Tucked away in a block on North Figueroa Street in Los Angeles’ historic Highland Park neighborhood lies Otono, a charming Spanish restaurant that you may miss upon first look. While the kitchen space is smaller than most restaurants — six burners, a couple ovens, and a narrow prep station — head chef Theresa Montaño makes up for it by expanding the flavors of her cuisine on an immense scale.
Montaño grew up cooking with her mother and grandmother in New Mexico, instilling a love of the culinary arts in her at such an early age.
"I grew up in a big Hispanic family, so food was a part of that," she laughed.
Otono's arroz y fideua, also known as paella, are some of the most popular dishes on the restaurant’s menu. Montaño mentions on a busy night, Otono could sell as many as 50 orders of paella.
Traditionally, a properly made paella could take anywhere from 40 minutes to an hour to cook. With 50 orders a night, in such a small kitchen space, those numbers can seem daunting, but Chef Montaño doesn't bat an eye.
That’s because she has perfected her paella dish to be done in a matter of 15 minutes, a feat that took her years to master, and is a necessary one to become successful in Otono's kitchen setting.
The key to this, she shares, lies in the preparation.
Before Chef Montaño even opened the doors of Otono, she began the streamlining process.
Essentially, all the elements of a proper paella are there, but Montaño found a way to shift the flavors into different components to speed up the preparation and cooking process. First, the rice is half-cooked ahead of time and infused with a rich broth. Then Montano creates a flavorful Samora paste that’s made from tomatoes, saffron, and mild chiles that combines with the rice during the cooking process. Once they all come together, the dish tastes exactly as it would had it been cooked another 15 or 20 minutes longer.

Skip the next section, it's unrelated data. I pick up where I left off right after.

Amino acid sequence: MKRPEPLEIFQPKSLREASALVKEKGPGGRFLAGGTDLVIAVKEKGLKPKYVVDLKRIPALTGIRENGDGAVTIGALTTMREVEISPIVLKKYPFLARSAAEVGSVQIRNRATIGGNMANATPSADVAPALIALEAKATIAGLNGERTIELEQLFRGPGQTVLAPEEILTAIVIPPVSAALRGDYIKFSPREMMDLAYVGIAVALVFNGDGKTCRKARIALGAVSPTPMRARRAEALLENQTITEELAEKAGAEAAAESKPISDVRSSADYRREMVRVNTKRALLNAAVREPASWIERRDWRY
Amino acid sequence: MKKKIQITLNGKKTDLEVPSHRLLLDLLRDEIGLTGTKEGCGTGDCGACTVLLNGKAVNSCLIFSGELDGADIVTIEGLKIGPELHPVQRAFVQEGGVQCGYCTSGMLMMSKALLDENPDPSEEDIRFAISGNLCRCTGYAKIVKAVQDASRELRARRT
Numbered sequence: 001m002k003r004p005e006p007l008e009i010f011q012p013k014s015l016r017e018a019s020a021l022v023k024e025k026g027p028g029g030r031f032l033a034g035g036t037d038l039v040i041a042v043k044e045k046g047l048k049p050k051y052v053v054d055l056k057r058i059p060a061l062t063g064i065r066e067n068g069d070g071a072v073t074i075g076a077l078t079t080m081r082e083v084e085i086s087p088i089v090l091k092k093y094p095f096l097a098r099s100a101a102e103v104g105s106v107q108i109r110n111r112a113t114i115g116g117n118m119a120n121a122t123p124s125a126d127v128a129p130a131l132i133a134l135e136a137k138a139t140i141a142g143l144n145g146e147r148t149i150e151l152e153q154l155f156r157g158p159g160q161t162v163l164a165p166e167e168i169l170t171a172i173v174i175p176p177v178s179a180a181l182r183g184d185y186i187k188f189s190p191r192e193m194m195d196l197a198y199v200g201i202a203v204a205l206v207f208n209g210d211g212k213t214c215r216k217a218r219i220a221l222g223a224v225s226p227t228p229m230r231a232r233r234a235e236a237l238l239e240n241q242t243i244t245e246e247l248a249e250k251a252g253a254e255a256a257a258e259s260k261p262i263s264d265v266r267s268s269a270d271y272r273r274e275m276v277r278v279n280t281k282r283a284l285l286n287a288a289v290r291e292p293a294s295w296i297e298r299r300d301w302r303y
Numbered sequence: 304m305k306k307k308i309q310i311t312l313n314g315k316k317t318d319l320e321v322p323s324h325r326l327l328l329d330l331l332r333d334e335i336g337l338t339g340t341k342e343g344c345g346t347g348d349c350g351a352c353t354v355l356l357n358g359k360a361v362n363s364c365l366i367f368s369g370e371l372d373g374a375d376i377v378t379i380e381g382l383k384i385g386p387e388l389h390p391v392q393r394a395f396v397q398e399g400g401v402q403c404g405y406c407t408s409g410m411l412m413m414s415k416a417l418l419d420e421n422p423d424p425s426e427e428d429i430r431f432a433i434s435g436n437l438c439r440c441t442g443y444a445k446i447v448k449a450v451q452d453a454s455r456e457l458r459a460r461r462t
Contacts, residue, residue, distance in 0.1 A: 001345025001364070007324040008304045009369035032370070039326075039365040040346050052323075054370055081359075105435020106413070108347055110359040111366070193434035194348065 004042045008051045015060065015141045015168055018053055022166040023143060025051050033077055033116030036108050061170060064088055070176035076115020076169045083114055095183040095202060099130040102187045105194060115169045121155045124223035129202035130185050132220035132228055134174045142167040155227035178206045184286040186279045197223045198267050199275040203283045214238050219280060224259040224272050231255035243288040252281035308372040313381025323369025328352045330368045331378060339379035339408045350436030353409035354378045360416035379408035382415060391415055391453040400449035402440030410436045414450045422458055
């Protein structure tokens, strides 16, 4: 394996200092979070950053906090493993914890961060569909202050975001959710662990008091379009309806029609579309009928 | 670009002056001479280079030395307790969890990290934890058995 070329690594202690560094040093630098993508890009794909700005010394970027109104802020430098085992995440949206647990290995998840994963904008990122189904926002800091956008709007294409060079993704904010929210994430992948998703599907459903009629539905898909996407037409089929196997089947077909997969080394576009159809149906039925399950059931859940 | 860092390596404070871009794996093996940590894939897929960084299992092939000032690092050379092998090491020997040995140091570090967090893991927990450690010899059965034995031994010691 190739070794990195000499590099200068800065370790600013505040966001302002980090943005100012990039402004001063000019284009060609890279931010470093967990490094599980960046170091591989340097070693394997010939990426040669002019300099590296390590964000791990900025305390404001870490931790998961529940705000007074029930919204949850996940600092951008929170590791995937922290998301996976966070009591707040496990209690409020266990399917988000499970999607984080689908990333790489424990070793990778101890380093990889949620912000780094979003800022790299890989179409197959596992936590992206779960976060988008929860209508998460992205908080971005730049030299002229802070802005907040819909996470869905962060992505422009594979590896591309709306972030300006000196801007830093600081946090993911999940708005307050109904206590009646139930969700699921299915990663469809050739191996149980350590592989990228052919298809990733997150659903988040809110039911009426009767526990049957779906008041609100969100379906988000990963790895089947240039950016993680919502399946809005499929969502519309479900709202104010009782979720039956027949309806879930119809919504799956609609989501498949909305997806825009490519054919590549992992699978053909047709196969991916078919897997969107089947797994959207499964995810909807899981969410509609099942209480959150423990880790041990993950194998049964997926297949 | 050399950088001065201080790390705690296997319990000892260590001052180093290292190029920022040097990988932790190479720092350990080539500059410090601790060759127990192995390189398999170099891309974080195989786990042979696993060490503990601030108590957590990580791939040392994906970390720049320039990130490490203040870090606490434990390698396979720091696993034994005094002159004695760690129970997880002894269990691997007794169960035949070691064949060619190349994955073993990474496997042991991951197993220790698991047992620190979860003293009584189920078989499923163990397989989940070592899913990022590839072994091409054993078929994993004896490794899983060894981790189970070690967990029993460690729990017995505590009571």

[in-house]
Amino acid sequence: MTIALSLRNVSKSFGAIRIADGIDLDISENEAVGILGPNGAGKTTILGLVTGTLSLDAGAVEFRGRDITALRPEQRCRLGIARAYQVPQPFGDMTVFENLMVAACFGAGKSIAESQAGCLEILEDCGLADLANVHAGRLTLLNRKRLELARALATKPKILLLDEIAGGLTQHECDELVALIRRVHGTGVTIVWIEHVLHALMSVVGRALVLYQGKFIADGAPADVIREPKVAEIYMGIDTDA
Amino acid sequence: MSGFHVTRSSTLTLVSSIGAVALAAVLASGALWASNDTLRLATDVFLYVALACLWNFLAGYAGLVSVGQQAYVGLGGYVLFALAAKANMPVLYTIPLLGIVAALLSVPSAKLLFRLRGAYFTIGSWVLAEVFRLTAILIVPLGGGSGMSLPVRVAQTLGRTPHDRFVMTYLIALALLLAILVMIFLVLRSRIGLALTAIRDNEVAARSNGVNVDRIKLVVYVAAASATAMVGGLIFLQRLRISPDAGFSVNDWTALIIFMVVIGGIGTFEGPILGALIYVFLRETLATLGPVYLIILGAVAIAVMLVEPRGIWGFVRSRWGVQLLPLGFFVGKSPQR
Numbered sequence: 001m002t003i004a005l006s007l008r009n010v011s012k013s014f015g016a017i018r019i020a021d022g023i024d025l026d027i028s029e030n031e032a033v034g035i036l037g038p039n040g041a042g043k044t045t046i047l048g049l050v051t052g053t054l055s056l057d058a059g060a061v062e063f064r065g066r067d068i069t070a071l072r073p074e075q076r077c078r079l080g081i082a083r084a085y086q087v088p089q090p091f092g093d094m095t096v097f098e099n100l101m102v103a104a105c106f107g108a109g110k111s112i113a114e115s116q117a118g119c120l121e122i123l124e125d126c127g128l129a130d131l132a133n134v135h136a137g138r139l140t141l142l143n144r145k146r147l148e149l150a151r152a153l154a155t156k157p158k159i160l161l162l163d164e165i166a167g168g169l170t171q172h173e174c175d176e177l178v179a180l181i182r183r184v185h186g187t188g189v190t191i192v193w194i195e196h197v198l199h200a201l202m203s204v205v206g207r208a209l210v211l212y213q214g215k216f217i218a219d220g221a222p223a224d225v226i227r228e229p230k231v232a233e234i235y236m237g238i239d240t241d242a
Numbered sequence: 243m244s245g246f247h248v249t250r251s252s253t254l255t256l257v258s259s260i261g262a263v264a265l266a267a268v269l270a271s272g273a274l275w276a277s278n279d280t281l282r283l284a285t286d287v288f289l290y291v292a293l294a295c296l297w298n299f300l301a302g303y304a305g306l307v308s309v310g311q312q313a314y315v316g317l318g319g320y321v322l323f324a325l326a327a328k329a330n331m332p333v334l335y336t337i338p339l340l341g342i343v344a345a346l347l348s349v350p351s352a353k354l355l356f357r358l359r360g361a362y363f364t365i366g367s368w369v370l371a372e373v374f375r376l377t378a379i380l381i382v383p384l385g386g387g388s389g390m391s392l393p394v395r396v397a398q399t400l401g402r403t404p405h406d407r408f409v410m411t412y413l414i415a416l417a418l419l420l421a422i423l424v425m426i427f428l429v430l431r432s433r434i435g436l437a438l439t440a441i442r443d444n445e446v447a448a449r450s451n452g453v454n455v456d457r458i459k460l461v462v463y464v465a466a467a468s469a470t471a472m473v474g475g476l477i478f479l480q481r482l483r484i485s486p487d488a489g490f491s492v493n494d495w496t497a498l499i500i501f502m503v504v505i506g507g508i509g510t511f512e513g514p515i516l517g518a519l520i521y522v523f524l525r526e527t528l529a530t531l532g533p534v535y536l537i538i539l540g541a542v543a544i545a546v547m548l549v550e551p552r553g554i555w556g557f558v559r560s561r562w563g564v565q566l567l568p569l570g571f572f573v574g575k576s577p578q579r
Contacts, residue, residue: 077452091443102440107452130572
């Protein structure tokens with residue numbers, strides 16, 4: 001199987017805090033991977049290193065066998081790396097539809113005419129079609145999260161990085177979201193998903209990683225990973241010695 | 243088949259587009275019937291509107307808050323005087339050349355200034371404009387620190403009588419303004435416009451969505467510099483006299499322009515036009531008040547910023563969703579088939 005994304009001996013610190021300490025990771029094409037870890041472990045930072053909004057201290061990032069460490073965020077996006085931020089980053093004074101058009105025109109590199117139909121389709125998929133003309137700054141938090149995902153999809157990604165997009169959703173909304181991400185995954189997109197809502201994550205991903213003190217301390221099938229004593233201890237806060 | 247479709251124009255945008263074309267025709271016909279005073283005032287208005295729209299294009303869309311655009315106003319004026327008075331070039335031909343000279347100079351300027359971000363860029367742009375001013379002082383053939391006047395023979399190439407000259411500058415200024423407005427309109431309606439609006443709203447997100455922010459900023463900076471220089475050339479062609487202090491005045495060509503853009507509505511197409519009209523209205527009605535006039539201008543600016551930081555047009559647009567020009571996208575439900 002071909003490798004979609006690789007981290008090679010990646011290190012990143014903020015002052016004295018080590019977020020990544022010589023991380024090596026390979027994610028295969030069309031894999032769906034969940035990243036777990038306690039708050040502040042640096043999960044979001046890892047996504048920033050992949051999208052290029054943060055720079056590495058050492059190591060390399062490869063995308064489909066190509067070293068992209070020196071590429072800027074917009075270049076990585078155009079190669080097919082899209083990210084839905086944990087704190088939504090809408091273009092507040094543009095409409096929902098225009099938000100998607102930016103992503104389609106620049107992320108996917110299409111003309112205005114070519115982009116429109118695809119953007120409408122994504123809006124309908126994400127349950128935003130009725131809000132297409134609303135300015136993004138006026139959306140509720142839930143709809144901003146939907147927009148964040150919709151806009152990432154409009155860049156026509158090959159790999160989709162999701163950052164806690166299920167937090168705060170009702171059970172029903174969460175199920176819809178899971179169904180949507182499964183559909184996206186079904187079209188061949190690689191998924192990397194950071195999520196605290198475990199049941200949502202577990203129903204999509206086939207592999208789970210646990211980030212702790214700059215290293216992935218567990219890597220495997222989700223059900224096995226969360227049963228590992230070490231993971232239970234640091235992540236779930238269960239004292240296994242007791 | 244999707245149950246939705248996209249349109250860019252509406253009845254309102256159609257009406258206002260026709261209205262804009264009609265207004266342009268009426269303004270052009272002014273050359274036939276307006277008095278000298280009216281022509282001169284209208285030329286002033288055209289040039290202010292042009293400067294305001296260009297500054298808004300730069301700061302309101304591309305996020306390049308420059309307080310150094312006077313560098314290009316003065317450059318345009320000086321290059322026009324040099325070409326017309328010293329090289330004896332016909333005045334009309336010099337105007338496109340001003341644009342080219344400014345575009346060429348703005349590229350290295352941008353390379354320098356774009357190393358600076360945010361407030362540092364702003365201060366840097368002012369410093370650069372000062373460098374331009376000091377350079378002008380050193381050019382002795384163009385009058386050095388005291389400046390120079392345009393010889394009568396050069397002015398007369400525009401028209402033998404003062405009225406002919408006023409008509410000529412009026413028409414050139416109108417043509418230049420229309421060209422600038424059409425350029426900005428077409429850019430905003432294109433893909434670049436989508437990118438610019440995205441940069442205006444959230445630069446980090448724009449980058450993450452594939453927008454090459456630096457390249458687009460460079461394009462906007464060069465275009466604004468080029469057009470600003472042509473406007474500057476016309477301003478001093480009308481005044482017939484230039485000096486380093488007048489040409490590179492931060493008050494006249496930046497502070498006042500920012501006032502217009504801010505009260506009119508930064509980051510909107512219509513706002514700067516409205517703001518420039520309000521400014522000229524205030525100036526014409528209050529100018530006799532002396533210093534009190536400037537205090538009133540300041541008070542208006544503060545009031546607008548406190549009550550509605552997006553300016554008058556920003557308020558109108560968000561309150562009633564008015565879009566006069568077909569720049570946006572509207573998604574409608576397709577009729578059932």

With only six burners in her kitchen and two of said burners required for each paella pan, adapting was non-negotiable in such a bustling environment.
Her movement through the kitchen was seamless, slicing fresh vegetables, chorizo, scallops, and all the fresh ingredients required to craft her multiple paellas. Containers of partially-cooked rice and flavorful broths were all measured out and ready to go into the pans once the order comes in.
“It’s just being careful through those steps not to overcook our rice in the beginning and handling it properly. The right ratio of rice for the pan size, you can see just one layer of rice and getting the crispiness on the bottom, that’s called socarrat.”
Chef Montaño explains she made the process foolproof, labeling portions of each ingredient and at which times during the cooking process to utilize them. Paella can be tricky if not correctly approached: you can either overcook it, undercook it, or completely miss the mark on flavor if rushed.
Coming from a Spanish heritage, Montaño spent time in Spain where she traveled to Valencia, the birthplace of paella.
“I went to the old school institutions that were doing the woodfire, really authentic stuff and also went to the more modern paella restaurants to see what they were doing in contrast and then started to develop this concept.”
That time and dedication has paid off and is reflected in the satisfying crunch of her paella’s euphoric socarrat.
Chef Montaño is a shining example that while traditional flavors are crucial to a dish, you need to learn to evolve in order to adapt to a modernized setting. By drastically cutting the time it takes to cook an exquisite paella, Chef Montaño has shown that she’s capable of paying respect to the old ways, while also embracing new techniques to expedite her process.